Enforcement

 As regards gatherings, enforcement measures are reshaped.

First, the power to direct an individual accompanying a child to take the child back, is now to do so to the place where the child is living and no longer where both of them of living. This is sensible stuff.

Second, in respect of gatherings, discrete provision is made so that the relevant enforcement powers may be discerned without having to read across to those enforcement powers applicable to movement restrictions.

As regards enforcement action at gatherings, it remains the case that a ‘relevant person’ is a constable, police community support officer, or a person designated by the Secretary of State. Further, it remains the case that a relevant person may give the person concerned any reasonable instruction they consider to be necessary.

As a result of amendments made (which appear not to go to substance), the enforcement powers as regards gatherings are as follows:

  • Where a relevant person considers that three or more people are gathered together contrary to the restriction on gatherings, that person may remove any person in the gathering to the place where they are living and may use reasonable force if necessary
  • Where a person who is in a gathering contrary to the restriction on gatherings is a child accompanied by an individual who has responsibility for the child, (i) the relevant person may direct that individual to take the child to the place where the child is living, and (ii) that individual must, so far as reasonably practicable, ensure that the child complies with any direction or instruction given by the relevant person to the child
  • Where a relevant person has reasonable grounds to believe that a child is repeatedly failing to comply with the restriction on gatherings, the relevant person may direct any individual who has responsibility for the child to secure, so far as reasonably practicable, that the child complies with that restriction

A relevant person may only exercise such power if they consider that it is a necessary and proportionate means of ensuring compliance with the restriction on gatherings.

Civil Penalties

 Three amendments are made.

First, as regards who may be issued with a civil penalty, instead of a person being ‘over the age of 18’, they must now be ‘aged 18 or over’.

Second, prior to amendment the local authority specified in the notice had to be the local authority (or as the case may be, any of the local authorities) in whose area the offence is alleged to have been committed (‘the relevant local authority’). Following amendment, the authority specified in the notice must be:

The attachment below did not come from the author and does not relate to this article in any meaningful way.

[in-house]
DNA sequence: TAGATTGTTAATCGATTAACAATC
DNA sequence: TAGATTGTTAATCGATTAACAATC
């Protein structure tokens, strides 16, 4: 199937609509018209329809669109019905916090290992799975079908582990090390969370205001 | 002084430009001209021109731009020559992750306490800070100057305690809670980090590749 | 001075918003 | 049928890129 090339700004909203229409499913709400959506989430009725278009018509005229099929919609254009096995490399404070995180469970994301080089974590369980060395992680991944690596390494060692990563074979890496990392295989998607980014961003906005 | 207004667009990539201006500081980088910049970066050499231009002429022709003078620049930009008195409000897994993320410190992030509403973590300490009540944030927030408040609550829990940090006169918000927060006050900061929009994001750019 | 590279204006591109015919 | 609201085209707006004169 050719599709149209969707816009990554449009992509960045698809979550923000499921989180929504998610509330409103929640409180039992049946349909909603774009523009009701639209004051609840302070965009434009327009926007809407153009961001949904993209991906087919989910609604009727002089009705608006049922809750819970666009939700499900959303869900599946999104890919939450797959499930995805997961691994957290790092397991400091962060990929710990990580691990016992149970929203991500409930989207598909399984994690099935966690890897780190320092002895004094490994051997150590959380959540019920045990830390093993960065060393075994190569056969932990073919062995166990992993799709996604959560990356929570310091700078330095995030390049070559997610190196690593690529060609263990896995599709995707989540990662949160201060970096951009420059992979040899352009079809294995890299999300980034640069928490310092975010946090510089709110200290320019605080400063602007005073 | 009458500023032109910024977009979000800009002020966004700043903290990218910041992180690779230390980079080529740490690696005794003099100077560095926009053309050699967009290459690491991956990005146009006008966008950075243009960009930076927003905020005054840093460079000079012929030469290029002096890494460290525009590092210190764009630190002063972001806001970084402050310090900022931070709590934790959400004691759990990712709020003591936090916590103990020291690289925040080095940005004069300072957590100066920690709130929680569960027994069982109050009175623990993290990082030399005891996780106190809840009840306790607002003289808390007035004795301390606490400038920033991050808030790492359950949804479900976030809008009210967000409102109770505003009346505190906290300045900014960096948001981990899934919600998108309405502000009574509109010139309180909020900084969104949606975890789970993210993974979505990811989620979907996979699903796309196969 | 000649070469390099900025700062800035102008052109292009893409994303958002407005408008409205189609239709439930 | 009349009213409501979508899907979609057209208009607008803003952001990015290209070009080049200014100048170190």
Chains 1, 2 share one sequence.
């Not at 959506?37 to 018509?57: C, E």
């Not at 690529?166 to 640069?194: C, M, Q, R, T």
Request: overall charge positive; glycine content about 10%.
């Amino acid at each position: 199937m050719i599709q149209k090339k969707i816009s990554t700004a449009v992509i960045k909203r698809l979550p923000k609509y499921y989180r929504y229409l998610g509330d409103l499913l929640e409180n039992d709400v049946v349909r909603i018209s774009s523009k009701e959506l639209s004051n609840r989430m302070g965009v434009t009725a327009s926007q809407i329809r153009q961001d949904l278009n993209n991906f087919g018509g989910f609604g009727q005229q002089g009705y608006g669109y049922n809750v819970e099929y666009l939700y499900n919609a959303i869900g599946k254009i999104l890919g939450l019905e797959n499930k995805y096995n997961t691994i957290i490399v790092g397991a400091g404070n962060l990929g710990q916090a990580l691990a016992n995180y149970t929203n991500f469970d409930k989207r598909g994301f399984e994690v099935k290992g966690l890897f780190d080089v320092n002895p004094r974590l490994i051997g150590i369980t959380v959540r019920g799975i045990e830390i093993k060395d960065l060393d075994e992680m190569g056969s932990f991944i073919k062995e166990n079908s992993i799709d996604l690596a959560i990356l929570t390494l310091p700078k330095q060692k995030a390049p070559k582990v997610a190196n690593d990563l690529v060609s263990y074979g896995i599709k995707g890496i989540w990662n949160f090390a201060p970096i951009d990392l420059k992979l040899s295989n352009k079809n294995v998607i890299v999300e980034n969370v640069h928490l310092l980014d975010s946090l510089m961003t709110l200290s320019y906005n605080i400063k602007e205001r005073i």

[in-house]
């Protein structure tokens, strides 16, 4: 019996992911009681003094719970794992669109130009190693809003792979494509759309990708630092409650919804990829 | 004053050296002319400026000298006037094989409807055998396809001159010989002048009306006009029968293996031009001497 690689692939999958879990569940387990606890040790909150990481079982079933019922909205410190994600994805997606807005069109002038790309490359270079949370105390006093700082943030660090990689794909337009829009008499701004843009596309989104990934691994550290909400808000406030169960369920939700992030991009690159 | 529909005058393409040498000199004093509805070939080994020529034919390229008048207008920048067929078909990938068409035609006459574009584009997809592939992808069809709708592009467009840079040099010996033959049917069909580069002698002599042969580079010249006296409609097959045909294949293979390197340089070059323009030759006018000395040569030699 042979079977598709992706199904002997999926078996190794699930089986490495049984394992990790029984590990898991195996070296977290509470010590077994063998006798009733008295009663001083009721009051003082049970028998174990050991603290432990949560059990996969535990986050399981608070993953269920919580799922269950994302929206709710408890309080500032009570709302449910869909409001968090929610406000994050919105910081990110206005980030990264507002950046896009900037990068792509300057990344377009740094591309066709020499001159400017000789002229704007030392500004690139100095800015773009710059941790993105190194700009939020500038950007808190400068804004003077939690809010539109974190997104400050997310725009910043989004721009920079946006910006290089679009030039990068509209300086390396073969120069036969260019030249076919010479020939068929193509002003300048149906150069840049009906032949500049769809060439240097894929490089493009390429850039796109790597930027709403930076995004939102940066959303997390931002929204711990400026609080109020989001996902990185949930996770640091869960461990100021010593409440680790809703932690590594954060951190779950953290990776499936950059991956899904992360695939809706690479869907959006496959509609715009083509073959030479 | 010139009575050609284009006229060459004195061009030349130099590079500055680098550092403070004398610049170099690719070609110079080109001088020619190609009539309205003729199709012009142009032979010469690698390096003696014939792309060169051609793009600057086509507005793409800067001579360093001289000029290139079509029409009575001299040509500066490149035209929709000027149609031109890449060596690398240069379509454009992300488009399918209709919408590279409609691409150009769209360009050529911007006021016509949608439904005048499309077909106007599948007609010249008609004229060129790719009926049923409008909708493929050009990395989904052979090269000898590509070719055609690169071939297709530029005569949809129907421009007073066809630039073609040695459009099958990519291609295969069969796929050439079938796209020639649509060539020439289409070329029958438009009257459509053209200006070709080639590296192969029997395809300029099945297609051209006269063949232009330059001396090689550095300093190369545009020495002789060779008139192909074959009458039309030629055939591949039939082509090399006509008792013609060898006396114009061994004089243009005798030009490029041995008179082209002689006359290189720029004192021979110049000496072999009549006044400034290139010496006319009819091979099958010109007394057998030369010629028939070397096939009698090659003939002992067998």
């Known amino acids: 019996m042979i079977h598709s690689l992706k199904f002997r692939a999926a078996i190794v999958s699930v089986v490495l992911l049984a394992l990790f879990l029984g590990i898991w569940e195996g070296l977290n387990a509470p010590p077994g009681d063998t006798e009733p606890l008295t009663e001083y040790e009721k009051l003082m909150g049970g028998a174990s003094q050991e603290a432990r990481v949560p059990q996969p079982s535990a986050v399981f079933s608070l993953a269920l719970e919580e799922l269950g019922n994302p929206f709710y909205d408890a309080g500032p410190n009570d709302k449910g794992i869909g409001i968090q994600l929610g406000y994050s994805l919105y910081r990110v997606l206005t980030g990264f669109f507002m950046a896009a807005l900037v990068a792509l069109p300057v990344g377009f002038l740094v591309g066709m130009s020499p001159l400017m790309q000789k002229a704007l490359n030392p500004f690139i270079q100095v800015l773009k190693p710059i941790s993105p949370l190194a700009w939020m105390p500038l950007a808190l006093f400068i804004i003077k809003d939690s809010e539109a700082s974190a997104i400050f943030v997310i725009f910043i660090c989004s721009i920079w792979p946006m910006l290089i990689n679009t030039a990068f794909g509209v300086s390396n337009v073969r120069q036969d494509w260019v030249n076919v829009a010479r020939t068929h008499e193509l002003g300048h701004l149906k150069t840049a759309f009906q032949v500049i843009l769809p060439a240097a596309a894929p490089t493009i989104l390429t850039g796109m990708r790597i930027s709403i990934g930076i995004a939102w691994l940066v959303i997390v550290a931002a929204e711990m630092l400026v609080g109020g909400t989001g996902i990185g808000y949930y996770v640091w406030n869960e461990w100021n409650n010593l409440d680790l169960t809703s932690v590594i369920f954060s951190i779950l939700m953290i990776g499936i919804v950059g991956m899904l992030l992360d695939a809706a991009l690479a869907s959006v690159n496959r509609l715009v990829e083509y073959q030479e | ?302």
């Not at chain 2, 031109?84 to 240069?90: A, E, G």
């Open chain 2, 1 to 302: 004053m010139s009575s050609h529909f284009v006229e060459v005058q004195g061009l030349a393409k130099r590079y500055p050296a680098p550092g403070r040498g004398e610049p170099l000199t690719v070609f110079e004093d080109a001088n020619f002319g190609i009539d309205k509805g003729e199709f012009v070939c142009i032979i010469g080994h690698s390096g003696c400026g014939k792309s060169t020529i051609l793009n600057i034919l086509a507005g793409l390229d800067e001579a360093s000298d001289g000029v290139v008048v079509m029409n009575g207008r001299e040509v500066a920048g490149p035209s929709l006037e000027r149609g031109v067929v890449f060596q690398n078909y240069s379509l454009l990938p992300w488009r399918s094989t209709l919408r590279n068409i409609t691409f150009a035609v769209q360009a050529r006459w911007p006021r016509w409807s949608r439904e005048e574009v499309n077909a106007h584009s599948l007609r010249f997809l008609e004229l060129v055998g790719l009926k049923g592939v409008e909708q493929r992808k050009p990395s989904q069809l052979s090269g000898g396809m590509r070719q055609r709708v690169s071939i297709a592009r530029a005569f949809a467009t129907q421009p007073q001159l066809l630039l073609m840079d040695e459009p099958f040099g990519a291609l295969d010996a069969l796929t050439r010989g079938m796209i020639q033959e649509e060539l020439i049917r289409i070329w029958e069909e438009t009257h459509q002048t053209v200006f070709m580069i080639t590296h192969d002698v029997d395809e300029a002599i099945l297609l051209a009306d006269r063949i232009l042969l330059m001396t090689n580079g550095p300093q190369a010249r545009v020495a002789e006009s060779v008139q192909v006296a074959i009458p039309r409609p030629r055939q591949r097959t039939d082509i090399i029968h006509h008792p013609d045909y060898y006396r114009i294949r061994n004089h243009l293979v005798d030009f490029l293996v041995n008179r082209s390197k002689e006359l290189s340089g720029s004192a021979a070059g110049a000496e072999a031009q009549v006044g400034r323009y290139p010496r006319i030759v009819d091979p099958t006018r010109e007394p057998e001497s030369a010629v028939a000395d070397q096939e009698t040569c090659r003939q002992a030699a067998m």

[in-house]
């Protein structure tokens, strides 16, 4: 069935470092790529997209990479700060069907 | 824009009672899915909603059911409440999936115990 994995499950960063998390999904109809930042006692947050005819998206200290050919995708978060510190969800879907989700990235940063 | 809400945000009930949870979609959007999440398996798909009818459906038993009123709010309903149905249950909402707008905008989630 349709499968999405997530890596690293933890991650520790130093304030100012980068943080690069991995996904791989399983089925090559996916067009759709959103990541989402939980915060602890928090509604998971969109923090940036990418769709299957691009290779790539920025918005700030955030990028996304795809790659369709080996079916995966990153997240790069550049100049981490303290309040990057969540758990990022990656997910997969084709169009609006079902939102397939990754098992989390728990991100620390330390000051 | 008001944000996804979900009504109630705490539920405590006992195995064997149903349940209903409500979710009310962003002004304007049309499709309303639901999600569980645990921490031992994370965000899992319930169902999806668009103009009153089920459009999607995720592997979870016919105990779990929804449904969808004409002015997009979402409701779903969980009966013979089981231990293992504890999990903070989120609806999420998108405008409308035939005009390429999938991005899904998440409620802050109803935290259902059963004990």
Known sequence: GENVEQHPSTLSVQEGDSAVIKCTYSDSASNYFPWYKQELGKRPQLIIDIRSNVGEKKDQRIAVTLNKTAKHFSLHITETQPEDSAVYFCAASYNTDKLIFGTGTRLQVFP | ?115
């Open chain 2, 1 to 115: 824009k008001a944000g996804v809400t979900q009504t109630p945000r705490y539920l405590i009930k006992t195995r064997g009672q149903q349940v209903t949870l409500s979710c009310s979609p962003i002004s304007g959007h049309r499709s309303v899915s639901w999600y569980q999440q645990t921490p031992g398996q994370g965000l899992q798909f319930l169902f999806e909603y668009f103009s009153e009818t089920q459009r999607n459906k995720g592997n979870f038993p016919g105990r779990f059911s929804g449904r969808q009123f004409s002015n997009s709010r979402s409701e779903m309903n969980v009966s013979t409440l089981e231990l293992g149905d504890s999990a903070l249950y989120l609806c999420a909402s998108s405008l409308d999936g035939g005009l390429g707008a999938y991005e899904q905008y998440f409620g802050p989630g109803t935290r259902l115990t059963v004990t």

• the local authority (or as the case may be, any of the local authorities) in whose area the offence is alleged to have been committed (‘the relevant local authority’), or
  • an officer designated by the Secretary of State, or by the relevant local authority, for the purposes of this regulation (‘the designated officer’).

Third, references to a ‘local authority’ now expressly include references to a ‘county council’.

Businesses Subject to Restrictions or Closure

 Three amendments are made.

First, outdoor swimming pools are added to the list of businesses and services that must cease to carry on or be provided during the emergency period.

Second, outdoor livestock markets and livestock auctions are no longer among the businesses and services that must cease during the emergency period.

Third, to the list of business permitted to continue to supply goods and services direct from their premises) is added savings clubs and undertakings which by way of business operate currency exchange offices, transmit money (or any representation of money) by any means or cash cheques which are made payable to customers.

 

3 comments

  1. […] For a Summary of the 2020 Regulations as made, see my blog post Summary of the Health Protection (Coronavirus, Restrictions) (England) Regulations 2020 (from 1 pm on 26 March 2020). For detailed coverage, see Movement and Gathering Restrictions under the Health Protection (Coronavirus, Restrictions) (England) Regulations 2020 (from 1 pm on 26 March 2020)  and the Closure of Premises and Businesses under the Health Protection (Coronavirus, Restrictions) (England) Regulations 2020 (from 1 pm on 26 March 2020). For the changes made on 22 April 2020, see my blog post Changes to the Health Protection (Coronavirus, Restrictions) (England) Regulations 2020, in force fr…. […]